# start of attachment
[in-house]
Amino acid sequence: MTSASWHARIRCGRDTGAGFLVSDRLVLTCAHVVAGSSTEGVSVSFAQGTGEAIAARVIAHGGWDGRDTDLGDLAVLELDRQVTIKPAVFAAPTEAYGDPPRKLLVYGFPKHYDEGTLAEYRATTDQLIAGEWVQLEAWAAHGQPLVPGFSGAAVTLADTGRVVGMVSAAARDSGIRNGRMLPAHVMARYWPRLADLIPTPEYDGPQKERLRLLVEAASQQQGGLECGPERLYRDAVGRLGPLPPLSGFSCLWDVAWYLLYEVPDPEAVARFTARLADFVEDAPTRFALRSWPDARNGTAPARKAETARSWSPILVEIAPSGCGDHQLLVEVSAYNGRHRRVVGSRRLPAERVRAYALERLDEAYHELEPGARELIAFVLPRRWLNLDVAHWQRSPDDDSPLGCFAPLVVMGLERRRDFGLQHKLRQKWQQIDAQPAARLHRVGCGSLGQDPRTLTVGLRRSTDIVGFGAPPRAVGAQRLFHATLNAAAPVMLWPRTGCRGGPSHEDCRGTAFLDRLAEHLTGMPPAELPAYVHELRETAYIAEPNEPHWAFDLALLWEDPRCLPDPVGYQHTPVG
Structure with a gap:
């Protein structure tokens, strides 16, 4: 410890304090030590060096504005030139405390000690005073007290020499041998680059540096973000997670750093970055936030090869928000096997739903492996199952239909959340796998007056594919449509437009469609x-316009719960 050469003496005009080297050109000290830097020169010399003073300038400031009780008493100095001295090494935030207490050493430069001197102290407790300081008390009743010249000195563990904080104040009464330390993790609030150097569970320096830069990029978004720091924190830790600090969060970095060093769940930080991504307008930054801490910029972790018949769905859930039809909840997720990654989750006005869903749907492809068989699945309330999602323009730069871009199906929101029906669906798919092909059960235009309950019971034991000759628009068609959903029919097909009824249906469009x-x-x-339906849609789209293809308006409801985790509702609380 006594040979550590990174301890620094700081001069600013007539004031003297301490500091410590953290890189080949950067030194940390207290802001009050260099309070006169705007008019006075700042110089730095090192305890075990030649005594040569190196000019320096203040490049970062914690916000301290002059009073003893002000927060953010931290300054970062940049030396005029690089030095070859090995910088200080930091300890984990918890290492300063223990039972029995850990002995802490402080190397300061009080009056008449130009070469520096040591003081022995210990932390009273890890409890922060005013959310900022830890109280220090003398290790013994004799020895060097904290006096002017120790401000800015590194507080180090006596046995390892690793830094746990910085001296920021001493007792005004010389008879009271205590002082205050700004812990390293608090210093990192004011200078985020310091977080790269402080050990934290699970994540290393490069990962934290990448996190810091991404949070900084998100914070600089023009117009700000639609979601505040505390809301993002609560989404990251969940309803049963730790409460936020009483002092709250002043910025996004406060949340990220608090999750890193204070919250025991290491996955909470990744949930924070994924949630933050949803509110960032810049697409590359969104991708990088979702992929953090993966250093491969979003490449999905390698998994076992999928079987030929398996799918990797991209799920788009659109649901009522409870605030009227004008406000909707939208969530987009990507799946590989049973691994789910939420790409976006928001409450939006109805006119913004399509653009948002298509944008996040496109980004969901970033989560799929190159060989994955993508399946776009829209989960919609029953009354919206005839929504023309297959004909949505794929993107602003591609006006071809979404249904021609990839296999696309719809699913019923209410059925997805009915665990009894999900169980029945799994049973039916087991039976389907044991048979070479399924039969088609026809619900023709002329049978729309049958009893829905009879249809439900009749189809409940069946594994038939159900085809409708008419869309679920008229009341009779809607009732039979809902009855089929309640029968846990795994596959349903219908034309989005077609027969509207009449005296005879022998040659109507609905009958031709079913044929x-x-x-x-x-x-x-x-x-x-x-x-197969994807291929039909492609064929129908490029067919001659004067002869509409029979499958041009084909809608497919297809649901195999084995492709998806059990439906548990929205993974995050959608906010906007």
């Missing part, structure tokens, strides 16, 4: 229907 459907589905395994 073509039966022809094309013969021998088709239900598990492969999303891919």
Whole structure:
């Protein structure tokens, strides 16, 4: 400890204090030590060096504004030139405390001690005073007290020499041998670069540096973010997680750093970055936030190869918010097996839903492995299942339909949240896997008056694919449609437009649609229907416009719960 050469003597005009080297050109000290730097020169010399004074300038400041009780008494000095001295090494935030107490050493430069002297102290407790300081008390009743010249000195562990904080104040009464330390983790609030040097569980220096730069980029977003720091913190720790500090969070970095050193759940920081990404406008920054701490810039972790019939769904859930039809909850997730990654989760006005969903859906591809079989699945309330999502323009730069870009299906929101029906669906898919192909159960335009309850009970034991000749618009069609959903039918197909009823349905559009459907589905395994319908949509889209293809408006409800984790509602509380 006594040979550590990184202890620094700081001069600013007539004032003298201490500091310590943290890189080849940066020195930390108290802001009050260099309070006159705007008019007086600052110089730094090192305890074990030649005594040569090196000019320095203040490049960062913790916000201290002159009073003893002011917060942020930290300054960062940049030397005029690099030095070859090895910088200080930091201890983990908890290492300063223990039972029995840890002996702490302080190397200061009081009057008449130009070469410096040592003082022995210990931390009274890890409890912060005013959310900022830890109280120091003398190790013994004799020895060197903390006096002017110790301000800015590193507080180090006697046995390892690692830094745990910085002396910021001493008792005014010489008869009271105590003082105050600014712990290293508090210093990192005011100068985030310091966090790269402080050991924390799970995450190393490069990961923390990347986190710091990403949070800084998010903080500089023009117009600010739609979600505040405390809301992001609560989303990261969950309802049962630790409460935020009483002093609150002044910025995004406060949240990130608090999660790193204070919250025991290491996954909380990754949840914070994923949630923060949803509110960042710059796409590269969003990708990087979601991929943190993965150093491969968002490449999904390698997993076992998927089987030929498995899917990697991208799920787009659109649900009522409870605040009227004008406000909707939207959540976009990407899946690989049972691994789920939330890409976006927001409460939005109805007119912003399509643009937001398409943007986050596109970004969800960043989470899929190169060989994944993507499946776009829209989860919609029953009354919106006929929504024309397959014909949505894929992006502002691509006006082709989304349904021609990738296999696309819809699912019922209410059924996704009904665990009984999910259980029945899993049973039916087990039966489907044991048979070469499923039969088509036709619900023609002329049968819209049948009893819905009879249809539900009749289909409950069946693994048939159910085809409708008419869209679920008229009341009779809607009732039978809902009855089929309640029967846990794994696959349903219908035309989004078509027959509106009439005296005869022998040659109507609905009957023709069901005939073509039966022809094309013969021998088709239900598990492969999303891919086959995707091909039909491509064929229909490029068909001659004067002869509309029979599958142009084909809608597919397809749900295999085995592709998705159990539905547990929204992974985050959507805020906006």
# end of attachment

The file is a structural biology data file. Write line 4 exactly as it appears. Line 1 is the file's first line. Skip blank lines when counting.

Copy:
């Protein structure tokens, strides 16, 4: 410890304090030590060096504005030139405390000690005073007290020499041998680059540096973000997670750093970055936030090869928000096997739903492996199952239909959340796998007056594919449509437009469609x-316009719960 050469003496005009080297050109000290830097020169010399003073300038400031009780008493100095001295090494935030207490050493430069001197102290407790300081008390009743010249000195563990904080104040009464330390993790609030150097569970320096830069990029978004720091924190830790600090969060970095060093769940930080991504307008930054801490910029972790018949769905859930039809909840997720990654989750006005869903749907492809068989699945309330999602323009730069871009199906929101029906669906798919092909059960235009309950019971034991000759628009068609959903029919097909009824249906469009x-x-x-339906849609789209293809308006409801985790509702609380 006594040979550590990174301890620094700081001069600013007539004031003297301490500091410590953290890189080949950067030194940390207290802001009050260099309070006169705007008019006075700042110089730095090192305890075990030649005594040569190196000019320096203040490049970062914690916000301290002059009073003893002000927060953010931290300054970062940049030396005029690089030095070859090995910088200080930091300890984990918890290492300063223990039972029995850990002995802490402080190397300061009080009056008449130009070469520096040591003081022995210990932390009273890890409890922060005013959310900022830890109280220090003398290790013994004799020895060097904290006096002017120790401000800015590194507080180090006596046995390892690793830094746990910085001296920021001493007792005004010389008879009271205590002082205050700004812990390293608090210093990192004011200078985020310091977080790269402080050990934290699970994540290393490069990962934290990448996190810091991404949070900084998100914070600089023009117009700000639609979601505040505390809301993002609560989404990251969940309803049963730790409460936020009483002092709250002043910025996004406060949340990220608090999750890193204070919250025991290491996955909470990744949930924070994924949630933050949803509110960032810049697409590359969104991708990088979702992929953090993966250093491969979003490449999905390698998994076992999928079987030929398996799918990797991209799920788009659109649901009522409870605030009227004008406000909707939208969530987009990507799946590989049973691994789910939420790409976006928001409450939006109805006119913004399509653009948002298509944008996040496109980004969901970033989560799929190159060989994955993508399946776009829209989960919609029953009354919206005839929504023309297959004909949505794929993107602003591609006006071809979404249904021609990839296999696309719809699913019923209410059925997805009915665990009894999900169980029945799994049973039916087991039976389907044991048979070479399924039969088609026809619900023709002329049978729309049958009893829905009879249809439900009749189809409940069946594994038939159900085809409708008419869309679920008229009341009779809607009732039979809902009855089929309640029968846990795994596959349903219908034309989005077609027969509207009449005296005879022998040659109507609905009958031709079913044929x-x-x-x-x-x-x-x-x-x-x-x-197969994807291929039909492609064929129908490029067919001659004067002869509409029979499958041009084909809608497919297809649901195999084995492709998806059990439906548990929205993974995050959608906010906007």